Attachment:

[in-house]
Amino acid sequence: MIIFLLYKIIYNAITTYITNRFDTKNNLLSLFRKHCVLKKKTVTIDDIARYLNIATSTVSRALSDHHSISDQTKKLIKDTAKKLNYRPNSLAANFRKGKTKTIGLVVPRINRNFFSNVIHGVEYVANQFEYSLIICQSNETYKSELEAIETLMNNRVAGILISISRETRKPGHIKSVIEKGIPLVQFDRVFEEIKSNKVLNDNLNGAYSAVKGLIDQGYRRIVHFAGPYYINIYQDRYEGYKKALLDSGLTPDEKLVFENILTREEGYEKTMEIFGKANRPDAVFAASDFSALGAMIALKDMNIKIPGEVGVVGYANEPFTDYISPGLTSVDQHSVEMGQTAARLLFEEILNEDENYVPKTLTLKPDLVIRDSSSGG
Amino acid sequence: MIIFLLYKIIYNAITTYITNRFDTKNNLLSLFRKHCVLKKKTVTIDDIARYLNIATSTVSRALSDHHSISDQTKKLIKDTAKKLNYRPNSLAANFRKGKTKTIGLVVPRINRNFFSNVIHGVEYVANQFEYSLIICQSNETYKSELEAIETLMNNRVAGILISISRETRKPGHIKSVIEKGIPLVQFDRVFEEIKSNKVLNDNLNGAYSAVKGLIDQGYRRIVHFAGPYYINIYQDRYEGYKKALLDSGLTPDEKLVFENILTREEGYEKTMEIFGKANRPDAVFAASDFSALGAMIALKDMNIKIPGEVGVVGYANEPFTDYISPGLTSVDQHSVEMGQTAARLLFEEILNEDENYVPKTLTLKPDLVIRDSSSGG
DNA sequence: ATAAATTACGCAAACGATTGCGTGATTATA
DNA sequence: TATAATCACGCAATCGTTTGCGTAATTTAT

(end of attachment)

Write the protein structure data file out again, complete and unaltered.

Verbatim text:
[in-house]
Amino acid sequence: MIIFLLYKIIYNAITTYITNRFDTKNNLLSLFRKHCVLKKKTVTIDDIARYLNIATSTVSRALSDHHSISDQTKKLIKDTAKKLNYRPNSLAANFRKGKTKTIGLVVPRINRNFFSNVIHGVEYVANQFEYSLIICQSNETYKSELEAIETLMNNRVAGILISISRETRKPGHIKSVIEKGIPLVQFDRVFEEIKSNKVLNDNLNGAYSAVKGLIDQGYRRIVHFAGPYYINIYQDRYEGYKKALLDSGLTPDEKLVFENILTREEGYEKTMEIFGKANRPDAVFAASDFSALGAMIALKDMNIKIPGEVGVVGYANEPFTDYISPGLTSVDQHSVEMGQTAARLLFEEILNEDENYVPKTLTLKPDLVIRDSSSGG
Amino acid sequence: MIIFLLYKIIYNAITTYITNRFDTKNNLLSLFRKHCVLKKKTVTIDDIARYLNIATSTVSRALSDHHSISDQTKKLIKDTAKKLNYRPNSLAANFRKGKTKTIGLVVPRINRNFFSNVIHGVEYVANQFEYSLIICQSNETYKSELEAIETLMNNRVAGILISISRETRKPGHIKSVIEKGIPLVQFDRVFEEIKSNKVLNDNLNGAYSAVKGLIDQGYRRIVHFAGPYYINIYQDRYEGYKKALLDSGLTPDEKLVFENILTREEGYEKTMEIFGKANRPDAVFAASDFSALGAMIALKDMNIKIPGEVGVVGYANEPFTDYISPGLTSVDQHSVEMGQTAARLLFEEILNEDENYVPKTLTLKPDLVIRDSSSGG
DNA sequence: ATAAATTACGCAAACGATTGCGTGATTATA
DNA sequence: TATAATCACGCAATCGTTTGCGTAATTTAT